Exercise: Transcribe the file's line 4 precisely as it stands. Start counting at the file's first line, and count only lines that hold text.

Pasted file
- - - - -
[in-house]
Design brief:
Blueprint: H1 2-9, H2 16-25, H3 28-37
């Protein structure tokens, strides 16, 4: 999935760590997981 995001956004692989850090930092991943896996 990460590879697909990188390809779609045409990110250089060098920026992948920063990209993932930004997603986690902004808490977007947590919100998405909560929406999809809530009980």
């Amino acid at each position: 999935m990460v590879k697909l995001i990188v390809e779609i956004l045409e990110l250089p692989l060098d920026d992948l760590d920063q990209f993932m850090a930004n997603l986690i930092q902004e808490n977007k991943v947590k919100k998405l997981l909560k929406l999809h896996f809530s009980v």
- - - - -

């Protein structure tokens, strides 16, 4: 999935760590997981 995001956004692989850090930092991943896996 990460590879697909990188390809779609045409990110250089060098920026992948920063990209993932930004997603986690902004808490977007947590919100998405909560929406999809809530009980």